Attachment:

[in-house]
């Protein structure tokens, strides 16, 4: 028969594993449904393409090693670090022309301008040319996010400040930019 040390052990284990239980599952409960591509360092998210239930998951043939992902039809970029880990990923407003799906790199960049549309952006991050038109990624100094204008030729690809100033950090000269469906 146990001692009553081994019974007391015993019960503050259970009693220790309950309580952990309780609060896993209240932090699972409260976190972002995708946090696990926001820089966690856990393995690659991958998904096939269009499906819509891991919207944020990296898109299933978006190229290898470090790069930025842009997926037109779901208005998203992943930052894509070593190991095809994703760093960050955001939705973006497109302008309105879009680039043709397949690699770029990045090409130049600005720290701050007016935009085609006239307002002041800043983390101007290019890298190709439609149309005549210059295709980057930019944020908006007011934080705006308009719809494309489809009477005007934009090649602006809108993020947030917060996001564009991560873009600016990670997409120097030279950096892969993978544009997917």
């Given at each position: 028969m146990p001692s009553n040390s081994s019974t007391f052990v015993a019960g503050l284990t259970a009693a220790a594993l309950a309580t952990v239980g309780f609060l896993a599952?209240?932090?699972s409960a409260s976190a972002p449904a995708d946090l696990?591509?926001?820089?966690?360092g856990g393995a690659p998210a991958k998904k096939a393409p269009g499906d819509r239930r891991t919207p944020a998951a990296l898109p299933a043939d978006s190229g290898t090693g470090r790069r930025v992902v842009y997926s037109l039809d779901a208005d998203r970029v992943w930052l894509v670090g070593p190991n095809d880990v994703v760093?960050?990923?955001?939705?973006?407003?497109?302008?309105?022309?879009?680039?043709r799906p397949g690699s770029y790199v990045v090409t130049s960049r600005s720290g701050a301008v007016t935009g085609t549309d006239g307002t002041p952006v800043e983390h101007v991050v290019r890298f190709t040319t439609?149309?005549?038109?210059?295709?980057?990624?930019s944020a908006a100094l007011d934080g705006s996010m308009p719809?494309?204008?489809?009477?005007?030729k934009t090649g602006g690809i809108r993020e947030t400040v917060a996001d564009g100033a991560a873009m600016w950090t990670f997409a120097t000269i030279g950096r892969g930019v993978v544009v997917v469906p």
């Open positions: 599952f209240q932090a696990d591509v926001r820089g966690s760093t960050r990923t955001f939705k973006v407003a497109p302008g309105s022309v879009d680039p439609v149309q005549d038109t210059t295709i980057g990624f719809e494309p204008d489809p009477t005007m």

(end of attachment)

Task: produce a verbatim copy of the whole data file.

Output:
[in-house]
């Protein structure tokens, strides 16, 4: 028969594993449904393409090693670090022309301008040319996010400040930019 040390052990284990239980599952409960591509360092998210239930998951043939992902039809970029880990990923407003799906790199960049549309952006991050038109990624100094204008030729690809100033950090000269469906 146990001692009553081994019974007391015993019960503050259970009693220790309950309580952990309780609060896993209240932090699972409260976190972002995708946090696990926001820089966690856990393995690659991958998904096939269009499906819509891991919207944020990296898109299933978006190229290898470090790069930025842009997926037109779901208005998203992943930052894509070593190991095809994703760093960050955001939705973006497109302008309105879009680039043709397949690699770029990045090409130049600005720290701050007016935009085609006239307002002041800043983390101007290019890298190709439609149309005549210059295709980057930019944020908006007011934080705006308009719809494309489809009477005007934009090649602006809108993020947030917060996001564009991560873009600016990670997409120097030279950096892969993978544009997917």
């Given at each position: 028969m146990p001692s009553n040390s081994s019974t007391f052990v015993a019960g503050l284990t259970a009693a220790a594993l309950a309580t952990v239980g309780f609060l896993a599952?209240?932090?699972s409960a409260s976190a972002p449904a995708d946090l696990?591509?926001?820089?966690?360092g856990g393995a690659p998210a991958k998904k096939a393409p269009g499906d819509r239930r891991t919207p944020a998951a990296l898109p299933a043939d978006s190229g290898t090693g470090r790069r930025v992902v842009y997926s037109l039809d779901a208005d998203r970029v992943w930052l894509v670090g070593p190991n095809d880990v994703v760093?960050?990923?955001?939705?973006?407003?497109?302008?309105?022309?879009?680039?043709r799906p397949g690699s770029y790199v990045v090409t130049s960049r600005s720290g701050a301008v007016t935009g085609t549309d006239g307002t002041p952006v800043e983390h101007v991050v290019r890298f190709t040319t439609?149309?005549?038109?210059?295709?980057?990624?930019s944020a908006a100094l007011d934080g705006s996010m308009p719809?494309?204008?489809?009477?005007?030729k934009t090649g602006g690809i809108r993020e947030t400040v917060a996001d564009g100033a991560a873009m600016w950090t990670f997409a120097t000269i030279g950096r892969g930019v993978v544009v997917v469906p």
């Open positions: 599952f209240q932090a696990d591509v926001r820089g966690s760093t960050r990923t955001f939705k973006v407003a497109p302008g309105s022309v879009d680039p439609v149309q005549d038109t210059t295709i980057g990624f719809e494309p204008d489809p009477t005007m």